Managed service companies and the anti-avoidance legislation
Managed service companies and the anti-avoidance legislation

The following Tax guidance note provides comprehensive and up to date legal information covering:

  • Managed service companies and the anti-avoidance legislation
  • What are managed service companies?
  • Key features of the MSC legislation
  • Definition of an MSC
  • The size of payments test
  • The receipts test
  • The ‘involved with the company’ test
  • The consequences of MSC legislation applying
  • Transfer of debt rules
  • HMRC's approach to MSCs

What are managed service companies?

Many individual workers supply their services to clients, not directly as a self-employed person, but via an intermediary (often a personal service company (PSC)). This arrangement can potentially have tax and National Insurance contributions (NICs) advantages—for more details, see Practice Note: Personal service companies—the key benefits and key tax considerations.

Where a PSC is owned by the individual worker, it is likely to come within the scope of the anti-avoidance intermediaries legislation, commonly known as 'IR35' (after the reference number of the HMRC Press Release announcing the rules in Budget 1999). For more details, see Practice Note: The intermediaries legislation—IR35.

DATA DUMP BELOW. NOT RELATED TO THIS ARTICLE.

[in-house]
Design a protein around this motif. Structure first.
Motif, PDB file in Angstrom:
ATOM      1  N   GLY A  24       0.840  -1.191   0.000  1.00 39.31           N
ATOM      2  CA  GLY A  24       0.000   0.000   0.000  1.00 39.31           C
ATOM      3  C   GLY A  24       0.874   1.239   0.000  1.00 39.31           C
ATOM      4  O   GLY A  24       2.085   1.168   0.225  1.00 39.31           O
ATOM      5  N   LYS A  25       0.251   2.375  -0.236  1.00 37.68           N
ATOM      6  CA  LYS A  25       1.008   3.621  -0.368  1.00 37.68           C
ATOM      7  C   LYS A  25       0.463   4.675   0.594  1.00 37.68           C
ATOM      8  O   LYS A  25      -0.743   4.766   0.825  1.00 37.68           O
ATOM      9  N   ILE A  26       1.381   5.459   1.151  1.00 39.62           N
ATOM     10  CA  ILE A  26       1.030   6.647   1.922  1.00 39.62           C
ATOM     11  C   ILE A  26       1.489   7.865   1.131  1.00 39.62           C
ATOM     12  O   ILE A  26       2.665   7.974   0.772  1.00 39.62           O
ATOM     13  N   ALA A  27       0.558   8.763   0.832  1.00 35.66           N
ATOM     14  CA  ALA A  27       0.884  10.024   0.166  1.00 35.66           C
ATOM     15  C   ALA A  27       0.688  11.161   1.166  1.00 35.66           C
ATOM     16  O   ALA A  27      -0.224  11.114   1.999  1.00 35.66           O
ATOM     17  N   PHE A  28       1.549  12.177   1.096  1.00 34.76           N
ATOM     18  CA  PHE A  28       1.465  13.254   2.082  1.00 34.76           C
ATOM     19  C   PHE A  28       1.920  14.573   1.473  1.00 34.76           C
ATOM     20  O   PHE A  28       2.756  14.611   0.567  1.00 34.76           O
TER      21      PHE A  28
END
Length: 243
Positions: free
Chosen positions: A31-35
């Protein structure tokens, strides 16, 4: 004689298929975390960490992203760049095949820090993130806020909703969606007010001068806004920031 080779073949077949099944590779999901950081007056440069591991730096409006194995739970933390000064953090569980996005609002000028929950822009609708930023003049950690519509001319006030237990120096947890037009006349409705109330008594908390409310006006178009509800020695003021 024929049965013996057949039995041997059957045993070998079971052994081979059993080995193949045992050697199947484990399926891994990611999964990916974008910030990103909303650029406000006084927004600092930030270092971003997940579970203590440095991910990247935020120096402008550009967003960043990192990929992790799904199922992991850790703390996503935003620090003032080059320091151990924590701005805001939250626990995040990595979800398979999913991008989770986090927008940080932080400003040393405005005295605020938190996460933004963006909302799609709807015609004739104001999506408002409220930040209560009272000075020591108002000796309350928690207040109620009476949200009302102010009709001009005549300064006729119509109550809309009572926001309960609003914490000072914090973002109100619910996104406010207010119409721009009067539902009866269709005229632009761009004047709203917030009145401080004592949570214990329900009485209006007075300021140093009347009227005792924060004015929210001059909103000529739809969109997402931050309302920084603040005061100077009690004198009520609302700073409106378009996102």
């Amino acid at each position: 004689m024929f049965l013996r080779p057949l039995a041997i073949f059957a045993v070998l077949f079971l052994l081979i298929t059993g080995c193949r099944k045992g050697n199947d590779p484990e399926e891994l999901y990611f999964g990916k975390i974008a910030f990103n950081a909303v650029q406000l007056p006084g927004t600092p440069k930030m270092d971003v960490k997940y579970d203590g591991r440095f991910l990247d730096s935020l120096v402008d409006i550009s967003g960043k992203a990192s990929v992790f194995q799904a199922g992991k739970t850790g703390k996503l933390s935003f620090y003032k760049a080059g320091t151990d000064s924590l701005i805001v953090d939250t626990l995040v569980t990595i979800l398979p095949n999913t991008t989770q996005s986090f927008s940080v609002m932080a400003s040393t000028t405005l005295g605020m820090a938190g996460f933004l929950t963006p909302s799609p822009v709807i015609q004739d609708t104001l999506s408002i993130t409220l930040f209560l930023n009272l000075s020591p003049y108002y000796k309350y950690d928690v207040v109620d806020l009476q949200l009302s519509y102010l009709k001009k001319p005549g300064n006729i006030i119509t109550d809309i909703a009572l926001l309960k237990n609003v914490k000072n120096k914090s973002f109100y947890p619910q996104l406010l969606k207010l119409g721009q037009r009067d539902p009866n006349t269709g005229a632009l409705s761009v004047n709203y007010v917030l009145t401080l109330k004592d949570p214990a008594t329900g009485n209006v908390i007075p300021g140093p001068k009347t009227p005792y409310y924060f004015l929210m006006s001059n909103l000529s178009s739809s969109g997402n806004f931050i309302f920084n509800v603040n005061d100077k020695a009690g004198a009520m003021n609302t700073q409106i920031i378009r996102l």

In the years following the introduction of that legislation, a number of providers began to offer PSCs to a wide range of individuals. These providers usually supplied the workers under a contract containing clauses designed to avoid IR35, while still delivering many of the benefits of a PSC.

The providers also dealt with the more onerous administrative aspects of running a company, such as calculating PAYE, profits and dividends, and dealing with both Companies House and HMRC. Companies with external providers who supplied these all-encompassing services became known as 'managed service companies' (MSCs), in contrast to PSCs, where it is the individual who is entirely responsible for running the business.

To counter what HMRC saw as unacceptable avoidance